About that: So in our mock selection, we used the 2010 final standings. You'll remember that as the year Auburn won the national championship over Oregon because Michael Dyer's knee was not down, and the year TCU beat Wisconsin 21–19 in the Rose Bowl. We were told to "forget" about the postseason results and focus only on what's in front of us, which were regular season finishes, conference championships and a whole lot of stats. (If you're an analytics junkie, get ye to a mock selection.)
We had some heated discussion about the top four teams: Auburn and Oregon were set at one and two, respectively, but we went back and forth on TCU vs. Wisconsin in the three and four slots, and had knock-down drag-outs about spots five through eight. (OK that's an exaggeration. At most we had a heated discussion.) I was not a Boise State believer as belonging in the top eight. But it became clear I was fighting a losing battle so in the interest of time, I eventually yielded to the group.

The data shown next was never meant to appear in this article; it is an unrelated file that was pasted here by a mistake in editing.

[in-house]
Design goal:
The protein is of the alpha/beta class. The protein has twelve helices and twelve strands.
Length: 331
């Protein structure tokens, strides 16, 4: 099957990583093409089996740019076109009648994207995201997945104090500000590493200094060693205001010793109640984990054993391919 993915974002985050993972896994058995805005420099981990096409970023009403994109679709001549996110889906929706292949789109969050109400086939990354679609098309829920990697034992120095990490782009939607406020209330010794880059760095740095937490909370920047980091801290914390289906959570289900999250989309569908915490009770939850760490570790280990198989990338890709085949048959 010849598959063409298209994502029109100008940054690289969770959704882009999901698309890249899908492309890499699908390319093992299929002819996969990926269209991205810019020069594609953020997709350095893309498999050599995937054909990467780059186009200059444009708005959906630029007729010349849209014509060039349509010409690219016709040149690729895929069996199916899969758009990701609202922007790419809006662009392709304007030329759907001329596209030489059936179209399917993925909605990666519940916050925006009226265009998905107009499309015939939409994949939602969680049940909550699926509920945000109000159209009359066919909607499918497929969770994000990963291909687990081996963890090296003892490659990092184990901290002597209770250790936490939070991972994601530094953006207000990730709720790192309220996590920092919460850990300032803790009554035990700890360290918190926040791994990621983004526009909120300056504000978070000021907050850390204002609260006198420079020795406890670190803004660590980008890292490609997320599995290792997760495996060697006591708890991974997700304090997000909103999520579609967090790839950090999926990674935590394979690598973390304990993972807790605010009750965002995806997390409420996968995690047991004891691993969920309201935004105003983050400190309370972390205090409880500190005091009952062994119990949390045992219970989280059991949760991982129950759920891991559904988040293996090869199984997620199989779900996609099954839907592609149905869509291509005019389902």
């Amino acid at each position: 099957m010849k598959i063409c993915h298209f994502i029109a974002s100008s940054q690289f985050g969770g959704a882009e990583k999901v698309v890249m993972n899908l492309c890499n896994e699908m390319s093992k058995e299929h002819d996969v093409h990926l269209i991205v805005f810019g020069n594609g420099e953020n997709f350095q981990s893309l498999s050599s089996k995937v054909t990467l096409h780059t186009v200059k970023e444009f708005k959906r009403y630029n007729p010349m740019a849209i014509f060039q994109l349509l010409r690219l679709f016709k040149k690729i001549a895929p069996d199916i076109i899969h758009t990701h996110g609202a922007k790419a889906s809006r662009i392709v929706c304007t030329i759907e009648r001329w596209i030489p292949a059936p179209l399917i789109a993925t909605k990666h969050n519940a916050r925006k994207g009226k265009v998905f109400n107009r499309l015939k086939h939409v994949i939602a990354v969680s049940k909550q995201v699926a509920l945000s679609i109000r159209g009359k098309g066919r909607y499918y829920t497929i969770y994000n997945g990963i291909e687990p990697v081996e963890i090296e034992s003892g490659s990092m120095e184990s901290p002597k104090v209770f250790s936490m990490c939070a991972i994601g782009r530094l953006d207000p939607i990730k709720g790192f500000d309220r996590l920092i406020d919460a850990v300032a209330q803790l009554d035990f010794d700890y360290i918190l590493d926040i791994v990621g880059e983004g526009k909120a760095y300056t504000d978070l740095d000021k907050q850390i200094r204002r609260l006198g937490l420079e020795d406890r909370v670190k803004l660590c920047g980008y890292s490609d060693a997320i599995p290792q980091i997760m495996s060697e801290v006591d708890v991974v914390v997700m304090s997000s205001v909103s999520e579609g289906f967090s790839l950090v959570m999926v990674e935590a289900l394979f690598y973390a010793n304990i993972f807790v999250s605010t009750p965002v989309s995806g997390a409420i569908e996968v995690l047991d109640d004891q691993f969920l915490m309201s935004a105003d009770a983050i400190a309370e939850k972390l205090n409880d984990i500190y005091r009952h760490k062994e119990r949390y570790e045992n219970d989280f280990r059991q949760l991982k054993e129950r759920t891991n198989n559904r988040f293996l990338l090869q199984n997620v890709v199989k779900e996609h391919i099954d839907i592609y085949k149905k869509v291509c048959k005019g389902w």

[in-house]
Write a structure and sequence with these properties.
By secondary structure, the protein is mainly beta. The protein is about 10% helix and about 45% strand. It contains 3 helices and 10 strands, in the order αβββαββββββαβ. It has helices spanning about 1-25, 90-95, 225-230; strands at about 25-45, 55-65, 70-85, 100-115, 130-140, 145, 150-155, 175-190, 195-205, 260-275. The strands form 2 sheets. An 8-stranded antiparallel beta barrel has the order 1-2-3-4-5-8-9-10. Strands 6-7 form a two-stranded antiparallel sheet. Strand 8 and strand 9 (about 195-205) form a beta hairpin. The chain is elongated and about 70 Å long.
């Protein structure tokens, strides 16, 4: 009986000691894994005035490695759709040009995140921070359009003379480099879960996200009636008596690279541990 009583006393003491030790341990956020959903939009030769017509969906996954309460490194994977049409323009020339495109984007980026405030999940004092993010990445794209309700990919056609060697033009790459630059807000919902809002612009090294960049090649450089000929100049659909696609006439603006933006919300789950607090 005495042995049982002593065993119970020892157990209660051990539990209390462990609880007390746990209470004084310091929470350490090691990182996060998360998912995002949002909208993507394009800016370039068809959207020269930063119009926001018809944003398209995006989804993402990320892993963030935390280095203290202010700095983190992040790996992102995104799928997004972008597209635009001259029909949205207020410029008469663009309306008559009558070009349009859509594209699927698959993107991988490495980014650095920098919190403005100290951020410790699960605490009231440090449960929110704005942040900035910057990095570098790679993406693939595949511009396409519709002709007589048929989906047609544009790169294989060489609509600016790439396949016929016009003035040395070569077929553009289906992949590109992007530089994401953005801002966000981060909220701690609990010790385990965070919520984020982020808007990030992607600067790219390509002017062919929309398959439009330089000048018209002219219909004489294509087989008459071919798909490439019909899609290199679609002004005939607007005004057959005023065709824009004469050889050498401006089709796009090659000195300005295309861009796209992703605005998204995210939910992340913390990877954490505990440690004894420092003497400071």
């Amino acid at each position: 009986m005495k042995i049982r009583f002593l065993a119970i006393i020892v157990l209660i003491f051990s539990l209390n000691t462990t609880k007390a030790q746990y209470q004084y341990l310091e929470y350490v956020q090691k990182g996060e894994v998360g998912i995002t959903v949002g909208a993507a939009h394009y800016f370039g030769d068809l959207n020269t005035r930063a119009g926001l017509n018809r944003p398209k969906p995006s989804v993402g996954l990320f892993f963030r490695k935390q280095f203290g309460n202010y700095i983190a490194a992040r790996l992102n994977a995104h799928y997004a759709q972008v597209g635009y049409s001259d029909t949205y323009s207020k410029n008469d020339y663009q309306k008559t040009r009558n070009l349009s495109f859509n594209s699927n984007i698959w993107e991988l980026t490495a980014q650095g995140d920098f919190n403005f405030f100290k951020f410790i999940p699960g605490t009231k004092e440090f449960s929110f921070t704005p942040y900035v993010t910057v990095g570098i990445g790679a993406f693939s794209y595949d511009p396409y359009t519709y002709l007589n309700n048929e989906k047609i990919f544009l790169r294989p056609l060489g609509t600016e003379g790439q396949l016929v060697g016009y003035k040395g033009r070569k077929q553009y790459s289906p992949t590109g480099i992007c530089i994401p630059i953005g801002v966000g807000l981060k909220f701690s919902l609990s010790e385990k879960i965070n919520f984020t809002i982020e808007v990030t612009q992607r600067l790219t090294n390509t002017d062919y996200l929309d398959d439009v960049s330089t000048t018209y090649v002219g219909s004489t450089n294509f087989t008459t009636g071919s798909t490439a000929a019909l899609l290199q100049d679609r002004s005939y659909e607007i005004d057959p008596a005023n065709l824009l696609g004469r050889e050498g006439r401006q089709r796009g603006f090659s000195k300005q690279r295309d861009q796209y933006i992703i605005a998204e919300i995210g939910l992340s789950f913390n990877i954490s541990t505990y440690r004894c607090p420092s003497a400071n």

That prompted me to ask real-life CFP chair Kirby Hocutt (played in our mock selection by USA Today reporter and good friend George Schroeder) how many times he thinks people in the room don't agree with what's happening, but know they're not going to change anyone's mind, so they keep their mouth shut after awhile. Hocutt said that he's confident each time the committee leaves the room, they "walk out of here believing we did the very best job, even if it's not a total consensus." I'd be curious to know, in ten years, where different committee members ranked teams individually.
Other things that struck me as interesting: